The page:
minimum rage September 13 "America, I'm about to raise your minimum rage. This is The Colbert Report!"

Opening Credits[edit]

The opening credits feature flag waving, Colbert striking poses, and words describing Colbert flying by. The most prominent of these words will change occasionally, and is always a neologism. Here is a list of the words that have been included:

Neologism Dates Definition
"Grippy" (October 17, 2005 - February 9, 2006)
"Megamerican" (February 21 – April 6, 2006) A portemanteau of Mega and American.
"Lincolnish" (April 17, 2006 – August 24, 2006) Having some kind of quality in common with Abraham Lincoln.
"Superstantial" (September 11, 2006 - January 8, 2007) More than stantial (cf. substantial).
"Freem" (January 9, 2007 - present) According to Colbert, "Freedom without the do, because I do it all for you."

Neologisms Coined on The Wørd[edit]

Neologism Date Debuted Definition
Truthiness 2005 October 17
Smarterer 2006 January 18 Used to describe a condition better than being smarter.
Public-See 2006 January 19 A humorous antonym of Privacy.
Jesi 2006 January 31 The plural of Jesus.
Superegomaniac 2006 May 9
Psychopharmaparenting 2006 July 11
Wikiality 2006 July 31 The representation of truth on Wikipedia that is determined by consensus rather than fact.
Dumb-ocracy 2006 August 15
Ecu-Menace! 2006 November 28
S.M.A.F.U. 2007 January 25 An acronym that spells Southern Methodists All Fucked Up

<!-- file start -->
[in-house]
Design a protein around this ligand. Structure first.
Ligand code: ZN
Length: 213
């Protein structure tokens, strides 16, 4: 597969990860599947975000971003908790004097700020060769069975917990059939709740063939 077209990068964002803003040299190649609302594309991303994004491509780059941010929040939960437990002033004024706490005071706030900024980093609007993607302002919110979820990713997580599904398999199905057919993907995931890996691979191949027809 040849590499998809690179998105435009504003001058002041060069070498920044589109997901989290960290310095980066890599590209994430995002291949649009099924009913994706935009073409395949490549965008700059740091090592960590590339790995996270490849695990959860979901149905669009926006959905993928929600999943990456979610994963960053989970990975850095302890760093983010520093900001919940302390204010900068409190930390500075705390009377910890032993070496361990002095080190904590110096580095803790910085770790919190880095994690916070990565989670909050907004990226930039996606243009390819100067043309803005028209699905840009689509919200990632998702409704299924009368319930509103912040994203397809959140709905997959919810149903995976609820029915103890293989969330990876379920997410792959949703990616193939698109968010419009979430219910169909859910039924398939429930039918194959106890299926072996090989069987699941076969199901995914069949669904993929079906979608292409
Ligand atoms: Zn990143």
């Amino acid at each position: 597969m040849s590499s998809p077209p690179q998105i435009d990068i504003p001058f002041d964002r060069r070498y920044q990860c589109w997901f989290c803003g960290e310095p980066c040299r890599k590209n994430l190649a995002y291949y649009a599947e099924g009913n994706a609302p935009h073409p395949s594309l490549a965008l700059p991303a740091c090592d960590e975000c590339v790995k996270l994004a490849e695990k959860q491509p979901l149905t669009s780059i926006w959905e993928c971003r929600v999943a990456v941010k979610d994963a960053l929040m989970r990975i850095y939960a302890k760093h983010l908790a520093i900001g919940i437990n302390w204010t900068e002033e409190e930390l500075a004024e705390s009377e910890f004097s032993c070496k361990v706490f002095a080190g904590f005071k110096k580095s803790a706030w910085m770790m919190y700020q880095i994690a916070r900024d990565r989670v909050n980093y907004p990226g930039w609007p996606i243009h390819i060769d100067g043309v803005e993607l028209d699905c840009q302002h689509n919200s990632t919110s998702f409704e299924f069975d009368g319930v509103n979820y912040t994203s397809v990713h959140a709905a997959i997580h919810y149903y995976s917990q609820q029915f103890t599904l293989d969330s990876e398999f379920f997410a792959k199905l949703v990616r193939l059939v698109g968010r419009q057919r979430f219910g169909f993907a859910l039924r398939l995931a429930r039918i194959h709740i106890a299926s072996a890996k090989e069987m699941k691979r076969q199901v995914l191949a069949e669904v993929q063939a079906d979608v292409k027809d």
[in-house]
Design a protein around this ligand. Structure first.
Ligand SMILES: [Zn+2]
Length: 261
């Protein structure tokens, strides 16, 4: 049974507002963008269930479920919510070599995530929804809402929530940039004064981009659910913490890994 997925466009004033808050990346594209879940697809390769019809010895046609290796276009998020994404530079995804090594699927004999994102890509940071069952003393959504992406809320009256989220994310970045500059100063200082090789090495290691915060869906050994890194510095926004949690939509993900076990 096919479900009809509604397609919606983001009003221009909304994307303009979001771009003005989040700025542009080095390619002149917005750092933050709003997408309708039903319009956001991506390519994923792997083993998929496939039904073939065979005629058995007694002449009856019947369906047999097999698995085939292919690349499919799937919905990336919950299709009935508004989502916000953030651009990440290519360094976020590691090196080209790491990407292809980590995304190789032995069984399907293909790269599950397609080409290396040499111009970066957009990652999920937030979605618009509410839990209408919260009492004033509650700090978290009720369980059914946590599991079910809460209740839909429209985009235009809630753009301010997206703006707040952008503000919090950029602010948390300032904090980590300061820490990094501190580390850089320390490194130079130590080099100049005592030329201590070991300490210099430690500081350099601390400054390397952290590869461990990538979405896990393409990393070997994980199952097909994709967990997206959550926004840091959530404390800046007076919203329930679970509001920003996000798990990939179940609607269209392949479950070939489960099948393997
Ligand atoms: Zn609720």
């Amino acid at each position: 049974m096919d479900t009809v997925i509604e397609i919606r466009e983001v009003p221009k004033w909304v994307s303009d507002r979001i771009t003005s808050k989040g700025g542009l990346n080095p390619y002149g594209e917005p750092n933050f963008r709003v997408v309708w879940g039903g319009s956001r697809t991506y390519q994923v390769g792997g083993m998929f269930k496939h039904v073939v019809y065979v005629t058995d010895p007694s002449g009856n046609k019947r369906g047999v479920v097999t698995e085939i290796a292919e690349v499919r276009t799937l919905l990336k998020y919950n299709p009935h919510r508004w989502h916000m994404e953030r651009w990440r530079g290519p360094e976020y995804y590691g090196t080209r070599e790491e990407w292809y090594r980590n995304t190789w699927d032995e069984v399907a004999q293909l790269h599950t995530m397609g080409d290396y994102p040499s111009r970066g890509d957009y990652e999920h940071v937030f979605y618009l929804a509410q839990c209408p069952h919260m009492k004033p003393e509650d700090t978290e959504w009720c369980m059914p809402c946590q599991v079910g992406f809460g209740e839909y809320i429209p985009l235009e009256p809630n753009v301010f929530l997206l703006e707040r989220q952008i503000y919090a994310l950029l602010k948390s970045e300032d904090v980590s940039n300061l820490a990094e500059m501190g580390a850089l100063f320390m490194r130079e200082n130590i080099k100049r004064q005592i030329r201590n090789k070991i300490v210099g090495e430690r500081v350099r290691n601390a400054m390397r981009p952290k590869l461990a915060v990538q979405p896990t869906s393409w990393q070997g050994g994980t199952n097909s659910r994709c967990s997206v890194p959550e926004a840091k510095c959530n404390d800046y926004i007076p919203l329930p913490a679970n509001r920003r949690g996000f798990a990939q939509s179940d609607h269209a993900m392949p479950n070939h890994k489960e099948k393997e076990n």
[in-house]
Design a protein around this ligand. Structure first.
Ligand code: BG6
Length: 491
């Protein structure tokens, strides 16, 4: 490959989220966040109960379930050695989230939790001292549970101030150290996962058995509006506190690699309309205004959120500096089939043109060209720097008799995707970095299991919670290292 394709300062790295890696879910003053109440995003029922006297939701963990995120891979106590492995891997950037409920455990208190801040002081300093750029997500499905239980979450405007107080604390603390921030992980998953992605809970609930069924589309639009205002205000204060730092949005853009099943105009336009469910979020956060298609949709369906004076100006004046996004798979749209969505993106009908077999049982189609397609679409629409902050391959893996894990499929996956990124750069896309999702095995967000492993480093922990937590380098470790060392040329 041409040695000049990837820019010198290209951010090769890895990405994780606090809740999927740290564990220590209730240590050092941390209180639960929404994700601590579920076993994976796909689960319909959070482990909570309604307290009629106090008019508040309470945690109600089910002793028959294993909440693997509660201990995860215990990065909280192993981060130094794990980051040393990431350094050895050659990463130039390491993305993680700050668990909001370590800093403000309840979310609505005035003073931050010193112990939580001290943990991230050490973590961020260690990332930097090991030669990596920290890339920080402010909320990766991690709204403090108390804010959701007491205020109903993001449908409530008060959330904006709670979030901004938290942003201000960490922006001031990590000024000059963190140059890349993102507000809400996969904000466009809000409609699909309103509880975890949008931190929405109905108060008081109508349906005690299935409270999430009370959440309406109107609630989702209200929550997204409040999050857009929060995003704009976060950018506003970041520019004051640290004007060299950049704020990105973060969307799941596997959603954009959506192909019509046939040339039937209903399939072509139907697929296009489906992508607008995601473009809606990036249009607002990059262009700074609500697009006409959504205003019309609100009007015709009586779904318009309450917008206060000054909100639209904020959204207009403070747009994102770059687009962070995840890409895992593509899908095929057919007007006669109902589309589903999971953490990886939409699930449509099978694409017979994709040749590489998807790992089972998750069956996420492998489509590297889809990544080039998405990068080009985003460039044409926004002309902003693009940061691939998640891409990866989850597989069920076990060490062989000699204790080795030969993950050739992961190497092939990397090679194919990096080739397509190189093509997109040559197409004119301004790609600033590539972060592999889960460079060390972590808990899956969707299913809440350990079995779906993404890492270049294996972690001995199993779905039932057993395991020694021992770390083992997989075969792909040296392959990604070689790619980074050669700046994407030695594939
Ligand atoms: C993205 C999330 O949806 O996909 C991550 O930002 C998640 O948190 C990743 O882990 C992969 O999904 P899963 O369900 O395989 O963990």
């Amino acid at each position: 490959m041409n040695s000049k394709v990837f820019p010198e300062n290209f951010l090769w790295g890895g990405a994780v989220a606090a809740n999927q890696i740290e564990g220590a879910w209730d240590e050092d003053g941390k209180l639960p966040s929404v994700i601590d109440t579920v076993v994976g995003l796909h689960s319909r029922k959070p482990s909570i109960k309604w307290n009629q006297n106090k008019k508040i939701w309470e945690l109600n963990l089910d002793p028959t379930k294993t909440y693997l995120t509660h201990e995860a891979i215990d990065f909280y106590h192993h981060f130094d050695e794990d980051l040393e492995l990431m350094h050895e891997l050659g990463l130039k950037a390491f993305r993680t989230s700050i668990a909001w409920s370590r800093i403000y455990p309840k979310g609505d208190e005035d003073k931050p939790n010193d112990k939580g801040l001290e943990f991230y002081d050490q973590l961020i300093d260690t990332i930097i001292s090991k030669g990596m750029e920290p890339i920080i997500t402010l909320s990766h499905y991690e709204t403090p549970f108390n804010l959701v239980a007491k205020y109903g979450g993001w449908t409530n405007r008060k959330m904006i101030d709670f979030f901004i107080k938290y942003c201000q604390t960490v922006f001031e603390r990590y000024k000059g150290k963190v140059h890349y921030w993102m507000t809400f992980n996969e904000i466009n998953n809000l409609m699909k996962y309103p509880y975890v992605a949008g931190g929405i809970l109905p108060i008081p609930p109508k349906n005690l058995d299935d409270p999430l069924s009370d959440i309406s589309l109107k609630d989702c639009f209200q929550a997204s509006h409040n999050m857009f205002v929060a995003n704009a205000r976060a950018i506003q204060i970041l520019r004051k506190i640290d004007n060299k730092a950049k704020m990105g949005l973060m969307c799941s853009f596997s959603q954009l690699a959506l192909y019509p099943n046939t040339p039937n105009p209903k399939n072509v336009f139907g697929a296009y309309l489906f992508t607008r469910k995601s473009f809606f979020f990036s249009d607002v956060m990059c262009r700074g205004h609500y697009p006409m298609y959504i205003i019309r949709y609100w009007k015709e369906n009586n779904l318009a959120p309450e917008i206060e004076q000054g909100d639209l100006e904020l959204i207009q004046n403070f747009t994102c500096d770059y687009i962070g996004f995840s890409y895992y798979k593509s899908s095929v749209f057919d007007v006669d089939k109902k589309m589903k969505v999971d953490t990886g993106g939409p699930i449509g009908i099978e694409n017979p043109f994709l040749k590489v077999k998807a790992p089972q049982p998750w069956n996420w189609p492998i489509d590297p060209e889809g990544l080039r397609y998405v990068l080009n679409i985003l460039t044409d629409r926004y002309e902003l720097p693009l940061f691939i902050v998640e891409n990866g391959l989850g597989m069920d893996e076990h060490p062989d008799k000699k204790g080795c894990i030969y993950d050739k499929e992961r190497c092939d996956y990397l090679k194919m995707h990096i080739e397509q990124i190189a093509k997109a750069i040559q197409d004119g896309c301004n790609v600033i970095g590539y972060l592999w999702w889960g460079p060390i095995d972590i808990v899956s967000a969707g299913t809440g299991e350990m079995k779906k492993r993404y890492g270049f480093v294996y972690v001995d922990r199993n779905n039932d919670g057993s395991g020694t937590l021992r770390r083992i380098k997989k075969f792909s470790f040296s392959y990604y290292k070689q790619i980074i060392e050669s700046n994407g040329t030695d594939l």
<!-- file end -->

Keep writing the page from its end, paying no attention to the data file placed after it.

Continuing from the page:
Wikilobbying 2007 January 29 A portmanteau of Wikipedia and lobbying that refers to the practice of paying someone else to edit Wikipedia to be more favorable to one's own interests.



Fictitious money in which, according to the Report, Colbert's employees are paid. Colbucks are only accepted at the company store. Among the items available for purchase are "Colbert Condon'ts", which carry the slogan, "These condoms don't run".



A word he decided would be his view instead of truthiness to reflect the Democrat's taking Congress. He says that now instead of ignoring facts, he now only mentions/cares about facts that are convenient or supportive as per his views. When he first said it the bullet said Truthiness Copyright 2007, parodied the controversy on the origin of truthiness.


A portmanteau of Feminist and Gestapo. Colbert's word for radical feminists. A play on the more common slur "Feminazi."

Filliam H. Muffman[edit]